“the most perfect house to survive from the middle ages”
Lots of guests come and stay with us and plan a visit to Chatsworth. Although we love Chatsworth we would also strongly recommend a visit to Haddon Hall if you have time.
A quirk of fate left Haddon unoccupied from the 17th to the 20th centuries, which means that we can appreciate today, a building left largely unmodernised.
The original house dates from medieval times and there is still evidence of how the house would have been all those centuries ago. What is most evident, however, is how the house grew during Tudor times and you can really get the feeling for how the life of a wealthy family would have changed over the years.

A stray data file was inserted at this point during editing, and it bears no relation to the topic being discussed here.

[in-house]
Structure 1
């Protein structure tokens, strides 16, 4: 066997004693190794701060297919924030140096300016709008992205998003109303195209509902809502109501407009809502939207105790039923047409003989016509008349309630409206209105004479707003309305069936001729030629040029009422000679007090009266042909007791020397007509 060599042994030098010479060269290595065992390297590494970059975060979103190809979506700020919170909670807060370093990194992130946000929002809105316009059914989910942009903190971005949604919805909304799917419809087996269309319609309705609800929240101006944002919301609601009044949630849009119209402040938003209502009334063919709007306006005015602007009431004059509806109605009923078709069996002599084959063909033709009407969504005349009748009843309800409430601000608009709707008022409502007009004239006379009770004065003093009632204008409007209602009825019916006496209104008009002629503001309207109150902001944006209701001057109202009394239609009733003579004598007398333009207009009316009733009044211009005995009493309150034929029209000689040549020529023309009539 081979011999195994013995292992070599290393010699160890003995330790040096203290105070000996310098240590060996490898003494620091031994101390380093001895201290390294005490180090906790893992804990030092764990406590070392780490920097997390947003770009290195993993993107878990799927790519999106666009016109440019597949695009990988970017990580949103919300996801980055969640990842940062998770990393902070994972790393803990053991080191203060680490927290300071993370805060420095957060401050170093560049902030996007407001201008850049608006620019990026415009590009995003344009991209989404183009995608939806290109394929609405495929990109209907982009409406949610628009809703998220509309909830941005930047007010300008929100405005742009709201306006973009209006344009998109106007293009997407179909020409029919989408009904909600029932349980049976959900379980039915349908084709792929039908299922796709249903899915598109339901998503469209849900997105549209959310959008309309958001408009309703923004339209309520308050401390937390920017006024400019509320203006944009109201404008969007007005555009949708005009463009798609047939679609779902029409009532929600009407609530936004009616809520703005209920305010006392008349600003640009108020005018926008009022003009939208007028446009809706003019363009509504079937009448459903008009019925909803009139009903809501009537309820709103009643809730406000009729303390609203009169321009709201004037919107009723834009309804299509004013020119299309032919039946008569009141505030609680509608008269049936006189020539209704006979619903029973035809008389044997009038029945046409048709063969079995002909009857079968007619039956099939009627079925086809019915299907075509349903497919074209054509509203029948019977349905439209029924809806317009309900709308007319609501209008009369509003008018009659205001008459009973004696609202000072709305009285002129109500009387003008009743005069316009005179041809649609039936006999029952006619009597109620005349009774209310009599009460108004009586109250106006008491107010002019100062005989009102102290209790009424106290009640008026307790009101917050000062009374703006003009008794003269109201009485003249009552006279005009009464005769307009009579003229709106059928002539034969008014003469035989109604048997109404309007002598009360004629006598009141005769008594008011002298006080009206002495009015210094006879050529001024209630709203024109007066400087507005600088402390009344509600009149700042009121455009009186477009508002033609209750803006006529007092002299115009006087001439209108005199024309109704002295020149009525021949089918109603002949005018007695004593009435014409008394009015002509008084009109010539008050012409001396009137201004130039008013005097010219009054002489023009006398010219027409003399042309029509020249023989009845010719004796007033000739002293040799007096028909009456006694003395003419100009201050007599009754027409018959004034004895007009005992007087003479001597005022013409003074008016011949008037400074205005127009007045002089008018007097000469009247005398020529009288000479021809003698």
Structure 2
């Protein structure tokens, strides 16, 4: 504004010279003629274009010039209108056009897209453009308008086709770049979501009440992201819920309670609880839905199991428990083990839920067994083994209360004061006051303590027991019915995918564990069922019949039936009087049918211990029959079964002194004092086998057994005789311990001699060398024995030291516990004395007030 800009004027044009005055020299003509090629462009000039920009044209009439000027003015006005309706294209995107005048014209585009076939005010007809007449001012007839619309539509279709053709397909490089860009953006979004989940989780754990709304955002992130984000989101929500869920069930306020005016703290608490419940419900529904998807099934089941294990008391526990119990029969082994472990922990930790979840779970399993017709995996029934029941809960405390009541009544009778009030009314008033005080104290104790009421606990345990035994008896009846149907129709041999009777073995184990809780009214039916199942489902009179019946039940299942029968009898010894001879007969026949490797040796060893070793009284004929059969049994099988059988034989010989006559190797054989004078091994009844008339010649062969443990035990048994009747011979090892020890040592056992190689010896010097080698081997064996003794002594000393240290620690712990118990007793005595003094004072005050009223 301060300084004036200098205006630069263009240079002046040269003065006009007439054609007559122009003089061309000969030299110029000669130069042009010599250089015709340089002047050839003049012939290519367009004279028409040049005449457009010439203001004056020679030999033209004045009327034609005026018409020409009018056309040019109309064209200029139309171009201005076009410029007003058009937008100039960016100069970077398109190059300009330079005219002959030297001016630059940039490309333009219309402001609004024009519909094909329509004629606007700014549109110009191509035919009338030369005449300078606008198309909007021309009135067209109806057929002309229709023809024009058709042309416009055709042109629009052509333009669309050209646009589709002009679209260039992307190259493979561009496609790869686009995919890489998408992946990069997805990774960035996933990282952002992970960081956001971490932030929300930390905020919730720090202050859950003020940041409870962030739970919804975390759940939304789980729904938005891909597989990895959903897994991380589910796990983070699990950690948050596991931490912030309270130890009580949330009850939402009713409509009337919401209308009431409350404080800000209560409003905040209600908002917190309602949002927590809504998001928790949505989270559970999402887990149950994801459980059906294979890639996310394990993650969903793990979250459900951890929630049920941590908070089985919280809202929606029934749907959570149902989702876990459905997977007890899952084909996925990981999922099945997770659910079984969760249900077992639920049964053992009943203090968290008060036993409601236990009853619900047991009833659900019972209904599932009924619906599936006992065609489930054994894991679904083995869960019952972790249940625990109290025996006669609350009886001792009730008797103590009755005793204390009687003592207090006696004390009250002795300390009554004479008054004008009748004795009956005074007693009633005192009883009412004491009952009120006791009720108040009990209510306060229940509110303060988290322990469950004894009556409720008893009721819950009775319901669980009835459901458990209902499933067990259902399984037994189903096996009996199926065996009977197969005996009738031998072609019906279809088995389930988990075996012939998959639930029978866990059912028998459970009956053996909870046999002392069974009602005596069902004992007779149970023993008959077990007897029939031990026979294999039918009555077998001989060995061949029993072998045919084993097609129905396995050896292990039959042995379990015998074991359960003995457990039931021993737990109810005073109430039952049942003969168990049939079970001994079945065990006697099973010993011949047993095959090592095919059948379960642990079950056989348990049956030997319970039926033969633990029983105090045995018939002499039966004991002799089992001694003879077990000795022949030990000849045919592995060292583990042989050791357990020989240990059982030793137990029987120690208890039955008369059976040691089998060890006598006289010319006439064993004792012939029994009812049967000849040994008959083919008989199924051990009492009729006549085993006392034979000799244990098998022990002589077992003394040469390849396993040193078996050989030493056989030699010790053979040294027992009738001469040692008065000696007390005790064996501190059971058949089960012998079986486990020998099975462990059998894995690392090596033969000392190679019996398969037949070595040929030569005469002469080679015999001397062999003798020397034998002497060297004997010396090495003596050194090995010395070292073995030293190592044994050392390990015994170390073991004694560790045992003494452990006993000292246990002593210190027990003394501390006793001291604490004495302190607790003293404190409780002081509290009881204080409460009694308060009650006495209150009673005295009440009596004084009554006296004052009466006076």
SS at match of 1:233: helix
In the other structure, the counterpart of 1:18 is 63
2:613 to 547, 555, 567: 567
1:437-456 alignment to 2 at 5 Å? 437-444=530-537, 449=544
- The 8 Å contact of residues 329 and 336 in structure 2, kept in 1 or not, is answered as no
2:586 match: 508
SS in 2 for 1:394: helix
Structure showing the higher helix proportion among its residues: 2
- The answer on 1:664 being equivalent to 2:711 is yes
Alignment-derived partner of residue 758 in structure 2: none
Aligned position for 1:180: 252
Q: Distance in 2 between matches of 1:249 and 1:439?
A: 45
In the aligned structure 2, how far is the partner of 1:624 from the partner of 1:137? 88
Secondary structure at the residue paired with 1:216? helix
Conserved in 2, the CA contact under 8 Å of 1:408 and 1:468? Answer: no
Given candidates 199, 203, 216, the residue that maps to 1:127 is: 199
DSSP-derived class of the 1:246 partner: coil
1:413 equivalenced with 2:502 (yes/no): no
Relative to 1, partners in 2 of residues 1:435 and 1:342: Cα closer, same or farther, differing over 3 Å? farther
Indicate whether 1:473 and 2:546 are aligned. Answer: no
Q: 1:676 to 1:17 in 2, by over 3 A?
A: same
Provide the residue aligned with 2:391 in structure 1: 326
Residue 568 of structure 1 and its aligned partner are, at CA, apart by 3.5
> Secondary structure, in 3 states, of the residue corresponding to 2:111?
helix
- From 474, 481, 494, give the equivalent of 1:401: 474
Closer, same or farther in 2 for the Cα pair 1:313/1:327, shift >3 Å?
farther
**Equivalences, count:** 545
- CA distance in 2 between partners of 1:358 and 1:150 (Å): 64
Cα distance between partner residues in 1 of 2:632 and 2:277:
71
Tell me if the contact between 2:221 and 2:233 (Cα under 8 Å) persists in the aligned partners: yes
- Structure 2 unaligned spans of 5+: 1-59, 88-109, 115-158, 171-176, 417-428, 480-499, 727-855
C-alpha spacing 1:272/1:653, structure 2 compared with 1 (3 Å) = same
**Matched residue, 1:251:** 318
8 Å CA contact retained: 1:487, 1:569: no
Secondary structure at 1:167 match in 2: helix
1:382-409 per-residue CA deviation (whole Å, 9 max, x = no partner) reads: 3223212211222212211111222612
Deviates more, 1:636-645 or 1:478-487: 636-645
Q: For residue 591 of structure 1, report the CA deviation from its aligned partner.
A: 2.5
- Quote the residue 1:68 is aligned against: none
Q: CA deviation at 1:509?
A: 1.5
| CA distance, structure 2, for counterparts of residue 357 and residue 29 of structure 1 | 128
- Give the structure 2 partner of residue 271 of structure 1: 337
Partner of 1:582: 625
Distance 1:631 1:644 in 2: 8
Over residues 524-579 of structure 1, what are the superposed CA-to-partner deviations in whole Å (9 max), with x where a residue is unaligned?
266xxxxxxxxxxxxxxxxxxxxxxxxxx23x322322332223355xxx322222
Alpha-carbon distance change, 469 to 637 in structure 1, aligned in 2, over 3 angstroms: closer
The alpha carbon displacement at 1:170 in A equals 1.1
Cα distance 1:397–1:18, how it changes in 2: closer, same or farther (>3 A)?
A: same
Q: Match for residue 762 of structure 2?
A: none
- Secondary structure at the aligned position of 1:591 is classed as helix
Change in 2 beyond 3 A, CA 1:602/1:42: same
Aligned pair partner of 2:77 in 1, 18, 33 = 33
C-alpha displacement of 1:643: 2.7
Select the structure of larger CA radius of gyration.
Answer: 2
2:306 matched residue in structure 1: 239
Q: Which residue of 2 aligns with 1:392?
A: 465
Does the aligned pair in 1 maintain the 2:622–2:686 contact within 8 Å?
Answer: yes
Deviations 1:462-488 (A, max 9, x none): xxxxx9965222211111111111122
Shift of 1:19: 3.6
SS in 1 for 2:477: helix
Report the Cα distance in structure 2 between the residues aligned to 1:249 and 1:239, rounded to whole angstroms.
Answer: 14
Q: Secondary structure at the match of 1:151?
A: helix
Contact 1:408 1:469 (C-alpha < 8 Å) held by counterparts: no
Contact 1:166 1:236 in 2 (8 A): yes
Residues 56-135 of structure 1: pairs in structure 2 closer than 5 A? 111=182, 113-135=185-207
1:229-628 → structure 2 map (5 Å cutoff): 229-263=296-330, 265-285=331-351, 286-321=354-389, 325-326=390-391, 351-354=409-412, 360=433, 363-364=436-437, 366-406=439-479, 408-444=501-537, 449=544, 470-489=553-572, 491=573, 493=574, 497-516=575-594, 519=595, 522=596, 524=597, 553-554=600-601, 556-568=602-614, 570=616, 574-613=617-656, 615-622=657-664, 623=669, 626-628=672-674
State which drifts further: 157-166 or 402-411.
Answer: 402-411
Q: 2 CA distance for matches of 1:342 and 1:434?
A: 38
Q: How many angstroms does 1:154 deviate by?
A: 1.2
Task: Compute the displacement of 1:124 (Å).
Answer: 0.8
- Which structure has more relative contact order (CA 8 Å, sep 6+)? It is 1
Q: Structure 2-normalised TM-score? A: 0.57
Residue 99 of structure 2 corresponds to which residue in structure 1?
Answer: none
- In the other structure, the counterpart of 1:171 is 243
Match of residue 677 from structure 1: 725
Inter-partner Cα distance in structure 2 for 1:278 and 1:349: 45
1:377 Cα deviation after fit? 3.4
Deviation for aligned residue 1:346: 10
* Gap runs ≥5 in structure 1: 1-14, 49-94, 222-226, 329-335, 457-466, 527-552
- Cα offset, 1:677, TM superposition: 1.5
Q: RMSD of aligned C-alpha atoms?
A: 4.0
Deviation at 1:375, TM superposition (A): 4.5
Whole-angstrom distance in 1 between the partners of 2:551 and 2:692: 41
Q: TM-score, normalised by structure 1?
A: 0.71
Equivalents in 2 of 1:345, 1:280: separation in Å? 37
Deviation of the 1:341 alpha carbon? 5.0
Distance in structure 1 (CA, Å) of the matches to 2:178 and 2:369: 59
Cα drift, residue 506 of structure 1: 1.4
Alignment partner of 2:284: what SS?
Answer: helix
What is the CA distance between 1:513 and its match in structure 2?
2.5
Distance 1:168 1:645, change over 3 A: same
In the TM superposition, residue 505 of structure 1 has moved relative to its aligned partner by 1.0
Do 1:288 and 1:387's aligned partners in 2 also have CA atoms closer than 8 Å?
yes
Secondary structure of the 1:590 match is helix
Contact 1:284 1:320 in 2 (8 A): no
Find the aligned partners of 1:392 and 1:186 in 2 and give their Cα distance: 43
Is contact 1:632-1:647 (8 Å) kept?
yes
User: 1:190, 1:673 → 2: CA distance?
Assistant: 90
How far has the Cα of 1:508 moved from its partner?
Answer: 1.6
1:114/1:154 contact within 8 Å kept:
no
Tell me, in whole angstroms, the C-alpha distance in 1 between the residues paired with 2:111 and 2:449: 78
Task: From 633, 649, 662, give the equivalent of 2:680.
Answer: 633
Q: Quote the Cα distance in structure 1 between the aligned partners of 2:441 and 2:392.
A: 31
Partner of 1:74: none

The first owners of the Haddon were the Vernons whose family emblem was the boar. You can see signs of the boar around the Hall.
During the 16th century, the house passed, by marriage, to Sir John Manners, the 1st Duke and Duchess of Rutland, and the owner of Belvoir Castle in Leicestershire. Haddon has been in the Manners family ever since. The family emblem of the Peacock can been seen just not at Haddon but locally too.
The house was left in the hands of caretakers for more than two centuries until John Manners, the 9th Duke of Rutland made it his life work to restore the Hall during the 20th century. Visit the Hall to find out why, despite being the second son, he inherited Haddon rather than his brother, Robert Manners.
Because the Hall is such a well preserved example of an early manor house it is always popular with film makers as a film set for classics such as Jane Eyre, Pride and Prejudice and The Other Boleyn Girl.
We strongly recommend taking a guided tour, if you can, to hear some of the many fascinating stories of Haddon and its occupants. See the web site for details of tour dates, entrance fees and to book tickets online.